mirror, mirror on the wall
chipping me away as I call
into a 2-D picture I fall
mirror, mirror on the wall
my hair is off by a few strands
my clothes wrinkled the wrong way
my jeans are old and out of style
my eyes are lost; I can’t see myself
I am a person in a body
a body in a soul
you can’t print me as a copy
fracture me into pixels on a screen
I am flesh
underneath my skin
bringing me home
this space I occupy is who I am
this body I move in is who I am
I am 3D
mirror, mirror on the wall
you will no longer trap me
inside your halls
it’s no use – you’re too small
mirror, mirror on the wall
guess who’s the fairest
of them all
Listening to this while I blogged:
I wrote this last night. Earlier this week, some of my old insecurities came back. I have always struggled with body image issues – I’m sure this is a common experience for girls growing up in a world saturated with artificial images of beauty programming our brains to perceive our flaws and measure our bodies against an image product on a screen or a magazine cover. Those images of beauty – that’s really what they are. Products. They are produced by a team of photographers, make-up artists, specific angles and techniques meant to capture a person’s visual, strip it of her flesh and blood and trap her in a two dimensional frame. It’s kind of ridiculous if you think about it – us comparing our bodies and basing our self worth on something that can only exist on a piece of paper.
I guess I’ve always been a skinny girl. Going through puberty, I put on some weight but it wasn’t really “weight”. I was slightly chubby (maybe not even, but is this also judgement?) Anyway. Long story short, I’ve always wanted “anime legs”, which was the standard of beauty that I grew up with – skinny Asian school girl legs that look good in thigh-length socks and adorable mini skirts. Being born with a wide pelvis didn’t really help me with my confidence. But I’m mostly over that now – after I started exercising, my body became more defined and closer to the way I wanted it to look, and I felt confident just from being productive and having taken care of my fitness. So yay.
I was talking to my bestie the other day (Prem, if you’re reading this, hey) and without really going into her story, we talked about how it’s important to love ourselves for who we are and what we look like, but it is also important to embrace that it isn’t egotistic or insecurity-driven to want to look fit or good for yourself. I 100% agree. The more I trained my body to become stronger and more “streamlined”, the more confident I grew and it wasn’t really because of “oh now I look fit” – it was more like, I feel confident because I achieved this with hard work. I spent time and energy doing this so I’d feel better – better not just for the shape but also feeling less like a wimp that would pant heavily after a simple flight of stairs. I’ve never been atheistic and it’s good to know that I’m exercising my physical self so I feel stronger all around.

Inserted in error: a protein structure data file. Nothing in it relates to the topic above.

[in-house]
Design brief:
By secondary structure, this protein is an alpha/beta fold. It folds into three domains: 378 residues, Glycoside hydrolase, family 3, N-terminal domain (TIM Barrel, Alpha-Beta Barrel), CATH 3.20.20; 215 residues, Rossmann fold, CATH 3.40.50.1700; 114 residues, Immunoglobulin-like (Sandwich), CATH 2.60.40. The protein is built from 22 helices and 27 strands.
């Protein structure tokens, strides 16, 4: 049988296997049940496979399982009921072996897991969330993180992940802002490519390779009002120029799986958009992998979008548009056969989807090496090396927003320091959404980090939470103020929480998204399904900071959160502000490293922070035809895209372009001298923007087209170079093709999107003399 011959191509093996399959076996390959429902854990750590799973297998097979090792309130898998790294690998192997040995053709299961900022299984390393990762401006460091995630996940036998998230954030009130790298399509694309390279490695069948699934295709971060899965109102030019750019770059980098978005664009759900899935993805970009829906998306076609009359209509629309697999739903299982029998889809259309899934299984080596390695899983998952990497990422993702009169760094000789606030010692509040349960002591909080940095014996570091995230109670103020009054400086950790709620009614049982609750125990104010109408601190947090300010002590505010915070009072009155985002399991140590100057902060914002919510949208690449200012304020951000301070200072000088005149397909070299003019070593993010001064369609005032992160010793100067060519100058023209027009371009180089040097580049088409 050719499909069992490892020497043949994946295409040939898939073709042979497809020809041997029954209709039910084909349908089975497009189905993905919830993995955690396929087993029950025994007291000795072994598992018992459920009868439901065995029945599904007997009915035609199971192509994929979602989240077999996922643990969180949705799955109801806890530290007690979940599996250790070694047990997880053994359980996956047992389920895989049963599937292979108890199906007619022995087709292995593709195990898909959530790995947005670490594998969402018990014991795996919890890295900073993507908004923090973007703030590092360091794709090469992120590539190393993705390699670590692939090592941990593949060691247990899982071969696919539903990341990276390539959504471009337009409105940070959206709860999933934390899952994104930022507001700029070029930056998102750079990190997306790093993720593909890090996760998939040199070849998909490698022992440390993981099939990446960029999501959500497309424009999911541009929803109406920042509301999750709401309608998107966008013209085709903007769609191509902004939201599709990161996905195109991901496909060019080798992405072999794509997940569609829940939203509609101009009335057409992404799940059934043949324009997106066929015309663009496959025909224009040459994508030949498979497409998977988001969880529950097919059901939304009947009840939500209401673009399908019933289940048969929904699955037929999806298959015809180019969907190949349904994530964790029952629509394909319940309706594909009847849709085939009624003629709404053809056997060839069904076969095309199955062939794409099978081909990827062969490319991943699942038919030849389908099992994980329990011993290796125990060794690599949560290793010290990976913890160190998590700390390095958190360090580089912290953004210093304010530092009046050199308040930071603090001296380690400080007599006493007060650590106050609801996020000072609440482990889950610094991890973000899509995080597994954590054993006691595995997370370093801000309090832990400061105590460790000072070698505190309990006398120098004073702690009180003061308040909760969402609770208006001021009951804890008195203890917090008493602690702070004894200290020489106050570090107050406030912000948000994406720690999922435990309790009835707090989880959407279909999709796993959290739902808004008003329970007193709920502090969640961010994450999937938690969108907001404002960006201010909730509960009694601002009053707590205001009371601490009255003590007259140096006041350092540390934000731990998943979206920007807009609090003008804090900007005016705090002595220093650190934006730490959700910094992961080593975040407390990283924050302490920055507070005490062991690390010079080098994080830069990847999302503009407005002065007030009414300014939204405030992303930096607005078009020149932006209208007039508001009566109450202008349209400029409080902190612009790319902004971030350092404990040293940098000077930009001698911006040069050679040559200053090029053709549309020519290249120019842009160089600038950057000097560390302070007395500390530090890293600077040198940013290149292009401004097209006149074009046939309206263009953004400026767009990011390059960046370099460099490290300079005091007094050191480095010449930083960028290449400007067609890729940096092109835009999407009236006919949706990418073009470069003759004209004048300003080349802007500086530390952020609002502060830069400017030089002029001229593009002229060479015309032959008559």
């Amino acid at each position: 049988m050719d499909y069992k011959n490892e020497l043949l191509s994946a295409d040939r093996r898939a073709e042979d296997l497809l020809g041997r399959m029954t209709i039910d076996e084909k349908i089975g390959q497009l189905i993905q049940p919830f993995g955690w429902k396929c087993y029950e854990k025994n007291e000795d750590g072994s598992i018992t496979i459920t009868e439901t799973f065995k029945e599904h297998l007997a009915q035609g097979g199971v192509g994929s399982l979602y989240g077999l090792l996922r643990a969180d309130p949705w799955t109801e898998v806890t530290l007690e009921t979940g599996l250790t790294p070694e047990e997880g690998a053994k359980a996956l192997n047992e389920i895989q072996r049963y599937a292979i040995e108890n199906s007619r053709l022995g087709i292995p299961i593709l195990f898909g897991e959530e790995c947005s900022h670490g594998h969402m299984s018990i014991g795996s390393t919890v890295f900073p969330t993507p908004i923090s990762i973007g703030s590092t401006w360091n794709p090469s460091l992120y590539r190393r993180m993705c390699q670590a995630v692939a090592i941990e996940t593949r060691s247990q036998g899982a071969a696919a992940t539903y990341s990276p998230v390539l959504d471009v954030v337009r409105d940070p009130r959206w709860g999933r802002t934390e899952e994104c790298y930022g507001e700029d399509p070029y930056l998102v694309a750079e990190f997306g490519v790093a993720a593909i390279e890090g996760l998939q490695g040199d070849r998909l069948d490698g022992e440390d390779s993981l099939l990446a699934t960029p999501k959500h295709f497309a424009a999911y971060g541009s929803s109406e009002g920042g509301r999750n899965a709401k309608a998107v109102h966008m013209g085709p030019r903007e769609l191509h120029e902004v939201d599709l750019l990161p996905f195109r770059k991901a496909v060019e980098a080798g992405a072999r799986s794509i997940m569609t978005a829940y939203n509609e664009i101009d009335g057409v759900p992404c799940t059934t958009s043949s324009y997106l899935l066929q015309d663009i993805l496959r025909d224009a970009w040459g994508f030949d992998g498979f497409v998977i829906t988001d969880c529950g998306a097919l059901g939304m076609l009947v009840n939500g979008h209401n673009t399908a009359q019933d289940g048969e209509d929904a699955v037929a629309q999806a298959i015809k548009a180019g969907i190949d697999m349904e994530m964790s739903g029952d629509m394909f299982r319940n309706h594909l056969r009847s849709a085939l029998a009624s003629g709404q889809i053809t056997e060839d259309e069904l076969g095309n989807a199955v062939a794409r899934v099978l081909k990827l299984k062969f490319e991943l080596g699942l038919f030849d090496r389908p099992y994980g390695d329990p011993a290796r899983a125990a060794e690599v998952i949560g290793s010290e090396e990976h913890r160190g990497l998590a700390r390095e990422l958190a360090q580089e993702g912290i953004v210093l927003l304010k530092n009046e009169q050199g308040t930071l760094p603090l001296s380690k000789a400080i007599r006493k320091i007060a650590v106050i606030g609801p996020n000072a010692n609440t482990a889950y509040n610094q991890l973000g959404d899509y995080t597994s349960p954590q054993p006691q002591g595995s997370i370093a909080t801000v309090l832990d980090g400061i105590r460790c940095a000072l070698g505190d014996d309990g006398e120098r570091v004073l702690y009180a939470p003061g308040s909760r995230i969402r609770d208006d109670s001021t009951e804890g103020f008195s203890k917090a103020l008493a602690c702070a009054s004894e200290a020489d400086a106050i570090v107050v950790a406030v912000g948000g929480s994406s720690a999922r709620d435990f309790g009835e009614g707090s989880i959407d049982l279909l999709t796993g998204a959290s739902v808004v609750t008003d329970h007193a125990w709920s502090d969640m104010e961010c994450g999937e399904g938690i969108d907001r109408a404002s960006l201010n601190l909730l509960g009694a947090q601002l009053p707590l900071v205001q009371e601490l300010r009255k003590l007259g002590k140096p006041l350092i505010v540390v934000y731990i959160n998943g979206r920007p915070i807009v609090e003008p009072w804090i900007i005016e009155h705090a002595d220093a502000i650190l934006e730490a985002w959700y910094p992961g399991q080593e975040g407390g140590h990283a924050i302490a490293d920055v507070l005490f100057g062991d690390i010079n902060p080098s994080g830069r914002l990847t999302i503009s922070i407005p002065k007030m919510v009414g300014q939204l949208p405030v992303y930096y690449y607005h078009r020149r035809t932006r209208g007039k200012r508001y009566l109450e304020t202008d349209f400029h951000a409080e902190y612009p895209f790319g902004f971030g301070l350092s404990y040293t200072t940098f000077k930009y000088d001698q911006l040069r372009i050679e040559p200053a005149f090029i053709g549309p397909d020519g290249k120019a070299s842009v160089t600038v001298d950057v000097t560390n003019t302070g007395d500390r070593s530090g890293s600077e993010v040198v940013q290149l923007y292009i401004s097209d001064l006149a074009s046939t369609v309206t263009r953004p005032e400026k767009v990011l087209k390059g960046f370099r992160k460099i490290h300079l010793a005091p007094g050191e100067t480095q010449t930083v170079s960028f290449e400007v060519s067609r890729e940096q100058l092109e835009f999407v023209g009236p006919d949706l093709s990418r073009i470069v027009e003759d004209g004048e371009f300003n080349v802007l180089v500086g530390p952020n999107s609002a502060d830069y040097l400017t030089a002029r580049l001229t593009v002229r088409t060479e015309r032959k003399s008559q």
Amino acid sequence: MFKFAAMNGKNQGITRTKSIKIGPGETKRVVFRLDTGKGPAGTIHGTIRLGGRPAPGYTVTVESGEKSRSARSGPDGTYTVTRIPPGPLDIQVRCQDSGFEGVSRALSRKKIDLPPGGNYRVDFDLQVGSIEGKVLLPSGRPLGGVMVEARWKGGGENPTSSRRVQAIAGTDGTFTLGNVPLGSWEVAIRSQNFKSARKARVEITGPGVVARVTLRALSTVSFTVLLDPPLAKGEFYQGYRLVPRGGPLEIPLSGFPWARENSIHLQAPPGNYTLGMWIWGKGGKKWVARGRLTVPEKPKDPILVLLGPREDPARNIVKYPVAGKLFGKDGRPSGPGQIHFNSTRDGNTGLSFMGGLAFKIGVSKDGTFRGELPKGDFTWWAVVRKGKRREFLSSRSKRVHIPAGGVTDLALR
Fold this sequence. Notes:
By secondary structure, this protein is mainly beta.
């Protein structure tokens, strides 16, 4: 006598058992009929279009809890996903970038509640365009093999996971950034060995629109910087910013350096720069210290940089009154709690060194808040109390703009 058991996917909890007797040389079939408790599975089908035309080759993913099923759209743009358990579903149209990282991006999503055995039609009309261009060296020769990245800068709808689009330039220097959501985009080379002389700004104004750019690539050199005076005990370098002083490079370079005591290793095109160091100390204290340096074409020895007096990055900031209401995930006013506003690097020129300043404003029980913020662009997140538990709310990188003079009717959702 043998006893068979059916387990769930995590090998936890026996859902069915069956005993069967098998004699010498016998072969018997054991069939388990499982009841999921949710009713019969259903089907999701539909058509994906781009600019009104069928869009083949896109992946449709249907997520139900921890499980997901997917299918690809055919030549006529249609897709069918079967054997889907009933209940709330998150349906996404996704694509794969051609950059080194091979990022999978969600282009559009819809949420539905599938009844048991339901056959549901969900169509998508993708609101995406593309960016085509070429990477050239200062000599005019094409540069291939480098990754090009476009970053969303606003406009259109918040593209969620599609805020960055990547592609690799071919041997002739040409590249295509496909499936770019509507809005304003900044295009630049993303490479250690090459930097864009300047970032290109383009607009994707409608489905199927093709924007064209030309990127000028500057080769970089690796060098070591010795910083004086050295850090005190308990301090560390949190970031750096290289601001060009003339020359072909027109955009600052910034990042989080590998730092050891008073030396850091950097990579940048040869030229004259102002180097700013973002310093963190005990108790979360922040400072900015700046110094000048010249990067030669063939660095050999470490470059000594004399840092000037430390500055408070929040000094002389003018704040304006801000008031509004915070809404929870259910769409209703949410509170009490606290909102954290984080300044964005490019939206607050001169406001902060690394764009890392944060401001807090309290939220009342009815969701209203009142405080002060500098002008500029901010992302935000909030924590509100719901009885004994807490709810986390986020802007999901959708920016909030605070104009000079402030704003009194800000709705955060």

Anyway. This is actually totally beside the point I am trying to make! More than body image issues that have to do with my actual body, I actually am more affected by the way I dress. I always have this fear that I don’t look mature enough or fashionable enough, especially in professional settings. I worked as an English tutor and teacher for the most part of my life and I always struggled with this. Dressing up “formal” never really resonated with me. I didn’t hate it but it just wasn’t me, and how I like to dress is really a cool and tasteful t-shirt, real simple, like a plain white T, with skinny jeans, sketchers, and like, a quirky cat scarf. I always told myself that I couldn’t dress the way I wanted to in front of my students, so I always just ended up feeling extra bland. Thinking to myself: Do I look like a kid? If you’ve looked at my profile picture, I have a total baby face and the first things that people wonder about me are usually my age.